Women All Over the Internet Are Sharing Photos of Their Noses—Here’s Why
Another unrealistic beauty standard gets the heave-ho.
One journalist is using her voice—and nose—to spread a message about beauty standards and self-acceptance. Radhika Sanghani is hoping women will join her in a new campaign, #sideprofileselfie. If enough women post pictures of their profiles, Sanghani hopes her campaign will “break the big nose taboo,” as she called it.
“I feel like the only taboo that hasn’t been broken is the big nose, and it’s not right,” Sanghani wrote in “Reclaiming the Side Profile,” an article she recently penned for Grazia. In the article, she made the case for broadening the body positive movement so it included nose size and shape as well.
“We've seen the unfiltered spotty skin, the stretch marks, the cellulite and the body hair all being reclaimed as our own and beautiful online," she explained. "But noses are still hidden in subtle head tilts and awkward poses. We need change. It’s why I’m using this article to launch the #sideprofileselfie.”
Sanghani's call for women to make body peace with their noses clearly resonated on the Internet. Since her article was posted last week, the hashtag has gone viral, and commenters are adding their voices and insisting on change.
“My nose chin combo means I always avoid a #sideprofileselfie this campaign is needed!” one respondent shared on Twitter.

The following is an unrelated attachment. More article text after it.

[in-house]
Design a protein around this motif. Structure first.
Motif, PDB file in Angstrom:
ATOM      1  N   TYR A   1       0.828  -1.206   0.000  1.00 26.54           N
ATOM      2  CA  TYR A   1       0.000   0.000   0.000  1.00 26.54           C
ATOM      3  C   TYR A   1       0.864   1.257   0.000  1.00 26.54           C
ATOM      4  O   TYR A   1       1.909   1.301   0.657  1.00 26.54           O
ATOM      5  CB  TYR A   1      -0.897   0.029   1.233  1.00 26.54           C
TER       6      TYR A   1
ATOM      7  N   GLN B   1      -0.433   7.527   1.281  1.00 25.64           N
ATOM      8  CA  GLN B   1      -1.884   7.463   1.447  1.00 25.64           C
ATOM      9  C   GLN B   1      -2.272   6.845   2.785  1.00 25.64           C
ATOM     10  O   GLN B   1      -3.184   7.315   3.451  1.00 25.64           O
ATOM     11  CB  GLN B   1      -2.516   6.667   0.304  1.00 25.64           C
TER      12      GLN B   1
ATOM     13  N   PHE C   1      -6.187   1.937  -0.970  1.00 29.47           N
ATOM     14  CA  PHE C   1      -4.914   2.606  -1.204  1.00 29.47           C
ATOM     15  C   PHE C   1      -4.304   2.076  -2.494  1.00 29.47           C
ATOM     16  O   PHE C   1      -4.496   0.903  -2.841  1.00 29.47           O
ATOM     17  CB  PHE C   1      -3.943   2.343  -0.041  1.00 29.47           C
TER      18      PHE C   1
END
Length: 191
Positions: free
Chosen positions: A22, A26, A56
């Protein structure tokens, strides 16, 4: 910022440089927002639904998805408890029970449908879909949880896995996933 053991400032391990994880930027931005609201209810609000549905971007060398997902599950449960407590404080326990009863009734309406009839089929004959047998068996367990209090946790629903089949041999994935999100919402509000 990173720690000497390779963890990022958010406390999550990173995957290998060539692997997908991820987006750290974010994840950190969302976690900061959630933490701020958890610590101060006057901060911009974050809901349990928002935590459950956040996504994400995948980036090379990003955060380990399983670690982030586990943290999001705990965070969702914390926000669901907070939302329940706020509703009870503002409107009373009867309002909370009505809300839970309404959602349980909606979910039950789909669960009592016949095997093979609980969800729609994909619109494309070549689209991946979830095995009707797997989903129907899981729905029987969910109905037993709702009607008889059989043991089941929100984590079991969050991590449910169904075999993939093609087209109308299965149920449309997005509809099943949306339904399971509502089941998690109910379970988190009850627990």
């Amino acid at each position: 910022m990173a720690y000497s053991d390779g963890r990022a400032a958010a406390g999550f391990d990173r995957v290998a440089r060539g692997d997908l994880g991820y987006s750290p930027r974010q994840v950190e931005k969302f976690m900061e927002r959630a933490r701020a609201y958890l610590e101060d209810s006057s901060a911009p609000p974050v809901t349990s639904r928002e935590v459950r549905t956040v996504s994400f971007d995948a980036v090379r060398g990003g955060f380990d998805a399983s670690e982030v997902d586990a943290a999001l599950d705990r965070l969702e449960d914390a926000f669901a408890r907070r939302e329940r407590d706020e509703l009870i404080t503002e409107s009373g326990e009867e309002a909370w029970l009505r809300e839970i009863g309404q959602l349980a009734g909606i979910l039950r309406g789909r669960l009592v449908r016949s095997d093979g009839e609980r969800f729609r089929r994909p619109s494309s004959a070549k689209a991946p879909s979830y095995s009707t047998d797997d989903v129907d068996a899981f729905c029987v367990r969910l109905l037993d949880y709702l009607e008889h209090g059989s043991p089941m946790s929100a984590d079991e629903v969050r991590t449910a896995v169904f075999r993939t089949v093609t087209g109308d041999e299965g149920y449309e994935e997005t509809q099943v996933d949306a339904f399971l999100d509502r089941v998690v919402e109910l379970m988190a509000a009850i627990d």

“I’ve never ever put a photo online of my side profile before because its made me self conscious everyday for as long as I can remember,” another revealed. “But you know what, BIG NOSES ARE OKAY although tweeting this is scary.”
“I’ve always hated my large nose and it’s bump. After a fracture in my late teens the asymmetry of my nose only became worse,” tweeted one woman. “This photo was one of many from my wedding day that I couldn’t bear to look at. It’s time to start loving our faces the way they are!”
Another woman proclaimed that having a “strong nose” is positively royal, using Princess Margaret as an example.
Sanghani knows exactly how these commenters feel. Because she was self-conscious of her own nose for so long, she refused to be photographed from the side. But after launching this campaign, she’s come to love her nose—despite what beauty standards dictate.
“My theory is beauty standards have lauded small noses over big ones because they fit in with the idea of women being delicate, dainty and not taking up space,” Sanghani wrote. “But we’re not. We’re bold, strong, and we can take up as much space as we want, even with our bodies.”